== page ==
In a recent conversation about whether bisexuals considered supportive lesbians and gays to be “allies” there was a lot of talking past each other. It became clear to me that some of what that conversation was tripping on was this: the understanding of who is part of the community and who isn’t, as well as who has power and who doesn’t, changes when we are talking about what happens within the L, G & B community vs what happens in the wider world.
In the wider world, LGBT are all mushed together as “different” so when I speak up about a homophobic comment I am defending my own community. However, in LGBT spaces there are structural power differences between the letters so the monosexuals (L & G) who support B, are allies.
If there wasn’t discrimination against bi’s in the gay and lesbian communities, we wouldn’t even be having this discussion because bi’s wouldn’t need allies just to function in our “own” LGBT community.
Bisexuals have been moving along two community tracks for as long as I am aware of: being a part of the larger LGBT community and creating our own community. I used to think these were in opposition to each other, but a little historical education and perspective made me realize that this dual track has always been true of the gay and lesbian communities as well. To speak of the lesbian, gay, bisexual and transgender communities is perhaps more accurate then to speak of us as a single community except for one thing: organizing to effect social and legal changes means we need to view ourselves as part of as large a community as possible in order to draw on as many resources as we can.
Umbrella organizations that truly represent the needs of, and acknowledge all parts of, our entire community are stronger and more able to effect change then if we each try to do it alone. B & T have historically been left in out in the cold of the larger LGBT organizations and today there is a lot of distrust by the bisexual and transgender communities toward these institutions. There are people doing very important work providing education and repairing relationships at the organizational level. Others of us focus on strengthening our own communities so we can provide the support we need within our community as well as come to the table with more strength when it is time to work together as a united LGBT community. These are both important things that need to happen and we are lucky we have people who are interested in both types of activism.
We waste a lot of time and energy convincing gay and lesbian institutions and leadership that we should be included in their work. Not as “allies” but in a way that our needs and concerns are taken into consideration when objectives and agendas are decided. We are a part of what is happening. Not including everyone voice can also lead to skewed agendas where the community becomes perceived as a single issue community (marriage equality, anyone?) when in fact our communities have many needs that should be being discussed and addressed.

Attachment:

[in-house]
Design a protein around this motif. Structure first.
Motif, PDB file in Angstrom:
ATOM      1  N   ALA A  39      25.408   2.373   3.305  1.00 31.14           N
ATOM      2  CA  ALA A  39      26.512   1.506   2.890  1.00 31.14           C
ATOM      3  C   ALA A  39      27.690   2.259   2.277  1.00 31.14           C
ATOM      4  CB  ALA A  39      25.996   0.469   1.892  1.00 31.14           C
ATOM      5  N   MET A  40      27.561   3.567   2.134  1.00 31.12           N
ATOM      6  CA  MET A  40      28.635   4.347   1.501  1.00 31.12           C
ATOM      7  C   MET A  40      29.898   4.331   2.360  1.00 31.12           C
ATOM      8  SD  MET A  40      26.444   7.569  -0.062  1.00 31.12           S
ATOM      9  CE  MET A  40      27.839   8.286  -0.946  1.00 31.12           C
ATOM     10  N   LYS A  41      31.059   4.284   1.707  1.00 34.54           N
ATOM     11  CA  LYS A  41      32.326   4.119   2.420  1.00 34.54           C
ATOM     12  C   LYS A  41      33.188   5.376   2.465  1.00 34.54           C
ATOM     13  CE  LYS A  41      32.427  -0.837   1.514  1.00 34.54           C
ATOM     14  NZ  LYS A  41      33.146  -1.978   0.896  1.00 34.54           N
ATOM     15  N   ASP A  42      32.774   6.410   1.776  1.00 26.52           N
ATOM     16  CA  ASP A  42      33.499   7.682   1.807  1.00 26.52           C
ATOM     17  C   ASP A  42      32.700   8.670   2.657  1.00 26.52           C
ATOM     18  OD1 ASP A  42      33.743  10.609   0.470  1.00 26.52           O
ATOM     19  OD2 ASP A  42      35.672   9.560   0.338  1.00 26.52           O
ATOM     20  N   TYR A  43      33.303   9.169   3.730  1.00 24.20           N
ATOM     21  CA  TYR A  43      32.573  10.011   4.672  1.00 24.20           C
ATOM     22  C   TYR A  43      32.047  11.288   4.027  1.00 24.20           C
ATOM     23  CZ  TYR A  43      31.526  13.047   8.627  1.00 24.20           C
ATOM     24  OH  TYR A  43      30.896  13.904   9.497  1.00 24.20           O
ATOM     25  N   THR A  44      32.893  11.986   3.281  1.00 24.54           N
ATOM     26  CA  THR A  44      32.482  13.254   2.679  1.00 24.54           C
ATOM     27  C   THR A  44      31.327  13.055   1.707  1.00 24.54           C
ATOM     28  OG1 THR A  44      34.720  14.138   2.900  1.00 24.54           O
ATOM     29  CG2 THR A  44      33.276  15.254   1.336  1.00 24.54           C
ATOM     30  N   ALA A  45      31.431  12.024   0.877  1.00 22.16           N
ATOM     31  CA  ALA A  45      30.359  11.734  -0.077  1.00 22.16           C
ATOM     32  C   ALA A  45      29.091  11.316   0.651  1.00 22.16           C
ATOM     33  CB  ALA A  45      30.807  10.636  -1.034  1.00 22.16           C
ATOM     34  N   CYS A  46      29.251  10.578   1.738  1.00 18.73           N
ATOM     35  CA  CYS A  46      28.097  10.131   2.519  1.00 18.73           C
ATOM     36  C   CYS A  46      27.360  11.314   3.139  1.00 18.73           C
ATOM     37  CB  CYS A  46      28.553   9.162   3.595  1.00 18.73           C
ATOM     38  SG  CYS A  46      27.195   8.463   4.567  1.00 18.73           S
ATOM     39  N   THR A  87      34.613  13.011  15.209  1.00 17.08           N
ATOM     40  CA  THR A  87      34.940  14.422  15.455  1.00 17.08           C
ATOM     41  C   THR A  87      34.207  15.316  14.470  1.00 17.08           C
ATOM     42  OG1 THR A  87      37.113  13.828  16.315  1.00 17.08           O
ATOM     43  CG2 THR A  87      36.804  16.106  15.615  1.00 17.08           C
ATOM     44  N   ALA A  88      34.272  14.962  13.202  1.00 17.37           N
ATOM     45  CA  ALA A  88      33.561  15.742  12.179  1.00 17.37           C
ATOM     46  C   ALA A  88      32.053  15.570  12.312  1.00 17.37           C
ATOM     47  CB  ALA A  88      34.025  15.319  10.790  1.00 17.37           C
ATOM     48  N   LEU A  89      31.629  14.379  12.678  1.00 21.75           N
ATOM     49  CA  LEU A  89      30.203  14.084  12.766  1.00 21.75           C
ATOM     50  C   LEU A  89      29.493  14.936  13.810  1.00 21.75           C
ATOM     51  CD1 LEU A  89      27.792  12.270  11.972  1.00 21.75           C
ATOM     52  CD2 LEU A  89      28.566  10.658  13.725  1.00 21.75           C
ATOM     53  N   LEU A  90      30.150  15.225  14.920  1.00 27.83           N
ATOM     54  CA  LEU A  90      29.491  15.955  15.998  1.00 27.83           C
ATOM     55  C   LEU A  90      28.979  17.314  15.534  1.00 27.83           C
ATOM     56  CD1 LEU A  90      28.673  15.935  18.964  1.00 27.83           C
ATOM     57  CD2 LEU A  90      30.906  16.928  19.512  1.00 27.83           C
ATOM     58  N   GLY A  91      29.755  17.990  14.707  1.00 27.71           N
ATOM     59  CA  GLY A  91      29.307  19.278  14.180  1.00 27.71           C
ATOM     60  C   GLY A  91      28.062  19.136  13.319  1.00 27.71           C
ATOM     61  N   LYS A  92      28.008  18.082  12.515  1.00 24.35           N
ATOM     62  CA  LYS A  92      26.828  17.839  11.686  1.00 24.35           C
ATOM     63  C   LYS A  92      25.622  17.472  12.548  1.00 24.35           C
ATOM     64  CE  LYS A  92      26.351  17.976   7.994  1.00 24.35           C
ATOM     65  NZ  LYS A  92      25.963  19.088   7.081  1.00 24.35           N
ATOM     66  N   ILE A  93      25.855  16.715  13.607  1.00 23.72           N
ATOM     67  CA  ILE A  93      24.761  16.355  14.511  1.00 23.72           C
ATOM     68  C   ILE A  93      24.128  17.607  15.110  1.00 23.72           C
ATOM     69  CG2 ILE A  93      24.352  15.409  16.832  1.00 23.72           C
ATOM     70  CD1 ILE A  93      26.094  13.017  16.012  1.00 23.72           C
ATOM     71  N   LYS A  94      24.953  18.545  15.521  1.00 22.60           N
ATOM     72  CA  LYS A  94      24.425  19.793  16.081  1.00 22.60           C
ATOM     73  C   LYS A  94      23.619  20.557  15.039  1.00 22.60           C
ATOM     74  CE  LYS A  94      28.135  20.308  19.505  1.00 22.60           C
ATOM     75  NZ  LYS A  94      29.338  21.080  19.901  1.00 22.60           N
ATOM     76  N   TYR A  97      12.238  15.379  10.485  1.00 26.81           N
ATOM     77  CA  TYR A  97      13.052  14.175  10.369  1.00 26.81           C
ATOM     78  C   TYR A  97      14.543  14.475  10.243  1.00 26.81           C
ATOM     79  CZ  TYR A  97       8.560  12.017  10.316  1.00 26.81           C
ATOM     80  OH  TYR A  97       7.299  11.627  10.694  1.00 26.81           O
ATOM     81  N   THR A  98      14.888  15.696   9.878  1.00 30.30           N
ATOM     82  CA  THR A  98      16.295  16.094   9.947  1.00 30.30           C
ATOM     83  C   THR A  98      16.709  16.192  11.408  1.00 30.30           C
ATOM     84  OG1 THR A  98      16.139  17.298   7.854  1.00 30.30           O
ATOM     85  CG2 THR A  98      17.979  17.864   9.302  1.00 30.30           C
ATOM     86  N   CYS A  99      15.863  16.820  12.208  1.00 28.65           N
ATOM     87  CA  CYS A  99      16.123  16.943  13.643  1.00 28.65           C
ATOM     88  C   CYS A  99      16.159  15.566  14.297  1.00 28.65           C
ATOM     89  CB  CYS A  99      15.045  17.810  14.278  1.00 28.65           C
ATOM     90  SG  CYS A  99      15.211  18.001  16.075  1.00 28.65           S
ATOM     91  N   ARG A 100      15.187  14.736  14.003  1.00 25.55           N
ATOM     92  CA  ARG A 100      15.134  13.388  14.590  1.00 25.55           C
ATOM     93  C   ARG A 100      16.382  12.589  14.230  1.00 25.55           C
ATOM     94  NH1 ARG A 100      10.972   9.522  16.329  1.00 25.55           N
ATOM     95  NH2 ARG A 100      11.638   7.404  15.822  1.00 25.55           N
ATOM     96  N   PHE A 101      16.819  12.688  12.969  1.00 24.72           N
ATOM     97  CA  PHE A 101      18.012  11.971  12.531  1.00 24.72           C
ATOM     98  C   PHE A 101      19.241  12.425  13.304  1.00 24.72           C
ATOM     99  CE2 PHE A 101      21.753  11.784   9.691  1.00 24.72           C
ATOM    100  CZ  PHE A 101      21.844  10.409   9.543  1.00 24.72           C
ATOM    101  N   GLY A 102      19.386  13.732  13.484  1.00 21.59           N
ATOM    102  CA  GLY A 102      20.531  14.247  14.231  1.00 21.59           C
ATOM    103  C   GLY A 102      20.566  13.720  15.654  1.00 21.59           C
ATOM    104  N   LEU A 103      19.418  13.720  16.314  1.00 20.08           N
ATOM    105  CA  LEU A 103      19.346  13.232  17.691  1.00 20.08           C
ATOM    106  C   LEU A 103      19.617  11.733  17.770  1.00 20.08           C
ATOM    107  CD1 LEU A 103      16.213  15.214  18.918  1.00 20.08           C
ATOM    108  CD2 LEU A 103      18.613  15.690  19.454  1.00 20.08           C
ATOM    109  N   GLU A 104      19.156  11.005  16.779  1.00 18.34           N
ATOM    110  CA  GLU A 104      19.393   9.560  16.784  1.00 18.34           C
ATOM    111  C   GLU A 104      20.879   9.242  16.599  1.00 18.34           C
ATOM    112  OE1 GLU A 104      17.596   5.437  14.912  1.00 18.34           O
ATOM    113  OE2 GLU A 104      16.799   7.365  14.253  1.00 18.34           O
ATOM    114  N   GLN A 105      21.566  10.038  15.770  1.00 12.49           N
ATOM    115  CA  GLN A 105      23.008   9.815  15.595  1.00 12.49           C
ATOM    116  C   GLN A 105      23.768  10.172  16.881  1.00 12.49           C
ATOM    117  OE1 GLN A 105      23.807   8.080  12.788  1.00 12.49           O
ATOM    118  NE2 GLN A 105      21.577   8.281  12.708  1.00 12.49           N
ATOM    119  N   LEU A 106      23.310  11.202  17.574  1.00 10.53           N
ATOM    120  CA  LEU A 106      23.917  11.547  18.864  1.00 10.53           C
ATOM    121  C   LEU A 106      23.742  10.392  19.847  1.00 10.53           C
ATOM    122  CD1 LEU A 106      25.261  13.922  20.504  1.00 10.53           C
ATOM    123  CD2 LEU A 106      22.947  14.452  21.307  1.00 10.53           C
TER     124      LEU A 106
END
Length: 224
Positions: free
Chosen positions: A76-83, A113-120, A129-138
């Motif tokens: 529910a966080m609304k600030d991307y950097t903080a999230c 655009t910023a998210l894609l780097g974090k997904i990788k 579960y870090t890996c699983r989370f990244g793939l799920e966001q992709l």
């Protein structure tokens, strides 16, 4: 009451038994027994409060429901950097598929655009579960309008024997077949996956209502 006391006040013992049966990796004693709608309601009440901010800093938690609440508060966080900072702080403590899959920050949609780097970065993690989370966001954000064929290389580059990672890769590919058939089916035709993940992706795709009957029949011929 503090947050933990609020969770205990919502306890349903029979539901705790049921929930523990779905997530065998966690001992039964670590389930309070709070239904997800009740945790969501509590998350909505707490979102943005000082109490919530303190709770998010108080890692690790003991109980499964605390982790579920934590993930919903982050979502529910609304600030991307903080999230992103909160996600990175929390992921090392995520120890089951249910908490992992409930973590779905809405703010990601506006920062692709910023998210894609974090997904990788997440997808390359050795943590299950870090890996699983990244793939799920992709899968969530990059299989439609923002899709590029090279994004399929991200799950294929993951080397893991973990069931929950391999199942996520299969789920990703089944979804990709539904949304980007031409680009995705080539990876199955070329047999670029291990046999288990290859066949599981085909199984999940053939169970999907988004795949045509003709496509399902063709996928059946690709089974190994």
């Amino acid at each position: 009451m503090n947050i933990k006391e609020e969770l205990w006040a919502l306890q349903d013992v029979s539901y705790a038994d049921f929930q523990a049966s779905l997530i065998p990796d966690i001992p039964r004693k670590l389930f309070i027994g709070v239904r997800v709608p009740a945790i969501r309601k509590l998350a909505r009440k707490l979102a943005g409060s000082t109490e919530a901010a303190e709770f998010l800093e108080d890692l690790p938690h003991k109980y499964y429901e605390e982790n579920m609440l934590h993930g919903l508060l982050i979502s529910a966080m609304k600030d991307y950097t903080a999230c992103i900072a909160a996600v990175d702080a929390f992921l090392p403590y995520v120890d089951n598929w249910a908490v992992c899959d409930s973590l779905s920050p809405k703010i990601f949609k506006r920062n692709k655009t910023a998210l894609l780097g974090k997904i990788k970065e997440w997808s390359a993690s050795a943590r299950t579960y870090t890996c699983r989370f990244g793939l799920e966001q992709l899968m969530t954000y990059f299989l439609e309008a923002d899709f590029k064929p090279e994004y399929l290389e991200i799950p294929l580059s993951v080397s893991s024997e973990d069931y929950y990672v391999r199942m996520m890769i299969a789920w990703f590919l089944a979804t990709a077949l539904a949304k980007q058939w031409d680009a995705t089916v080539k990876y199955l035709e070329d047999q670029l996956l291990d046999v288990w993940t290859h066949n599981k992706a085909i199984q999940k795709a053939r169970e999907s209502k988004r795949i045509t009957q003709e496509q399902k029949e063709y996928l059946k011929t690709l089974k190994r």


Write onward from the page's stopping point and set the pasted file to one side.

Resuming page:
It is important when thinking about allies within and outside of the LGBT movement to remember that we LGBTs have conversations with each other that are so far down in the weeds as to be a foreign language to the larger population. One of my friends calls it “inside baseball.” I might consider an individual lesbian to be a bisexual ally because of the support and understanding that person gives within LGBT spaces, but I would never agree that bisexuals are allies to L&G because we are part of the same larger movement that seeks social justice for all people regardless of their sexual orientation or gender identity.
Plus I don’t want to give anyone more excuses to leave us out! The bisexual community is not an ally in the LGBT movement, we are part of it.
As a bit of a post script, and to address something that is sure to occur to some of you: Yes, as a cisgendered person, I can be ally to the trans community, even though I maintain that we are all part of the aforementioned LGBT movement working for social justice regardless of sexual orientation of gender identity. This is because cis and trans describe different things. In considering myself a part of the LGBT movement I see that homosexual and bisexual both describe something different then heterosexual. I am not a part of the trans community, I am a part of the non-heterosexual community. I can be ally to the trans community but I’m a part of (not ally to) the non-heterosexual community. See how that works?
And if that has led to the question: why is trans a part of the LGBT community if their axis is trans-cis not hetero-bi-homo then you have headed off into another topic that many people have written about so well. Just trust me, they are, as are asexual people and everyone else that doesn’t fit into the heteronormative (binary) narrative that surrounds us. And I’ll keep watching their backs however I can, hoping they have mine in return.